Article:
However, there is still a disparity between the percentage of FGLI students between our board and staff. Compared to last year's survey, however, the percentage of FGLI and low-income students has increased.
We plan to continue measuring the demographics of our organization and to share that information with our readers.
Our managers correspond regularly with leaders from underrepresented groups to discuss our diversity efforts and will continue to do so. We regularly hold diversity committee meetings that are open for all staff to attend.
As an independent student media organization, the DP is shaped largely by its elected student leaders. We aim to increase the diversity of the board and ensure that current leaders are aware of our diversity goals. To achieve this, we held specialized diversity and sensitivity training for all departments of the DP in the spring, and we are working to encourage all staff members to attend diversity training upon entry to the company.
Additionally, this year we welcomed the third cohort of diversity fellows. The DP Fellows program was born out of an initiative to engage and support students from historically marginalized groups. Members of the cohort receive stipends to work in the company, are paired with an alumni mentor, and attend professional development opportunities. As mentioned in the 2019 Diversity report, we have come full throttle on the mission of offering a program of this stature.
We plan to offer more avenues for our community to learn new strategies and methods for implementing the values of diversity and inclusivity in their daily work for the DP.
We still experience a disparity between our staff and board members who identify as FGLI. This may be due to the significant time commitment required to be in a leadership position at the DP. In 2019, we expanded a scholarship that grants stipends to those who dedicate a significant amount of time to the DP. While this stipend was previously only open to board members who qualify for financial aid, it now is open to staffers as well. We hope that this policy change will enable students who depend on work-study or other sources of income to make a greater time commitment to the DP, including running for and holding leadership positions.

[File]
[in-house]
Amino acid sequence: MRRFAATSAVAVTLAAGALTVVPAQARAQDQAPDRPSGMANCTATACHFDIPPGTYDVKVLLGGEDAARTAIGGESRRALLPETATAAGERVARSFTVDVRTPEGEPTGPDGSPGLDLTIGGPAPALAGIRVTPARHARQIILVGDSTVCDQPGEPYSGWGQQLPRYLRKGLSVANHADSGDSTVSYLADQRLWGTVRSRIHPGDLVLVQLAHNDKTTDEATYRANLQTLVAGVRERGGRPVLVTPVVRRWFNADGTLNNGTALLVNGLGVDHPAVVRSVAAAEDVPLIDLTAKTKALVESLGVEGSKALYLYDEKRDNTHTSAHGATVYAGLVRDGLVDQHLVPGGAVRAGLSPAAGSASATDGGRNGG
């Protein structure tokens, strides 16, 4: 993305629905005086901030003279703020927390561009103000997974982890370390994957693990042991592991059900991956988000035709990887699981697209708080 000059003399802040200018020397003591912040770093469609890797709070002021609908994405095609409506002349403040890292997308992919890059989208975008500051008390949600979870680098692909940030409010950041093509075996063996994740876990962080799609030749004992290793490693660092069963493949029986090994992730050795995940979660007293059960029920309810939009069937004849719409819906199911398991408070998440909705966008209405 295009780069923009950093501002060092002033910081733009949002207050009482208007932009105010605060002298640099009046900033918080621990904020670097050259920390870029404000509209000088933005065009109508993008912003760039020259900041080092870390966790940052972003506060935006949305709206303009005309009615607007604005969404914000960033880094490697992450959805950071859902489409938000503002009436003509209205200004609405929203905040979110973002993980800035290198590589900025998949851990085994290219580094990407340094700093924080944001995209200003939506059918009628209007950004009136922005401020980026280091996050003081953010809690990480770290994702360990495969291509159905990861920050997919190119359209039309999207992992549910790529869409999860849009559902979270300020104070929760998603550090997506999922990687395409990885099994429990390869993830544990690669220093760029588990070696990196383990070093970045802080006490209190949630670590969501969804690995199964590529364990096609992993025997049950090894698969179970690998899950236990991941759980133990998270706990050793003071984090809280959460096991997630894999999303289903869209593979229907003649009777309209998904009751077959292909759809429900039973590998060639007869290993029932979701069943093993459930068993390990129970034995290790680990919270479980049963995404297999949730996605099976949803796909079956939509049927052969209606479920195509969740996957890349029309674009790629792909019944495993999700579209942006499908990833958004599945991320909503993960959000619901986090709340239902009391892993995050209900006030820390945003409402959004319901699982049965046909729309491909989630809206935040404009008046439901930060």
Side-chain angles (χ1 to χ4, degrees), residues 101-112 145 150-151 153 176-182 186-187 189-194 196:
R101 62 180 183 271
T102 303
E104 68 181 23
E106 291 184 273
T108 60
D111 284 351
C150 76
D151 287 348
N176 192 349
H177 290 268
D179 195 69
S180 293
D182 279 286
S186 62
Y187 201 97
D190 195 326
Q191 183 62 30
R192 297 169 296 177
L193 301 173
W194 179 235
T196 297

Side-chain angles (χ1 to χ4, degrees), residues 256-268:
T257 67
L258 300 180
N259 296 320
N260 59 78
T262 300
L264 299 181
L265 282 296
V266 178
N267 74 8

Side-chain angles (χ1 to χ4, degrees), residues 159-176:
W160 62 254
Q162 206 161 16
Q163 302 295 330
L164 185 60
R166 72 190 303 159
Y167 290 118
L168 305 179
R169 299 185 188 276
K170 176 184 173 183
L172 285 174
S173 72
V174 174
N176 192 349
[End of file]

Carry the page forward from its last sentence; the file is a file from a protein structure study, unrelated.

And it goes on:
We understand our diversity initiatives require dedication from student leadership as well as openness to criticism and suggestions from the wider Penn community. We want to hear from you about how we can continue to make the DP a more inclusive and diverse place. If you have thoughts, suggestions, or questions, please email us at email@example.com.
We collected a range of demographic information from our staff and board. The graphs embedded throughout the editorial, as well as the following graphs, reflect all of the questions on our survey.
Penn does not collect data on sexual orientation, religion, or disability, so there are no available points of comparison for these categories. Our data is included in full below.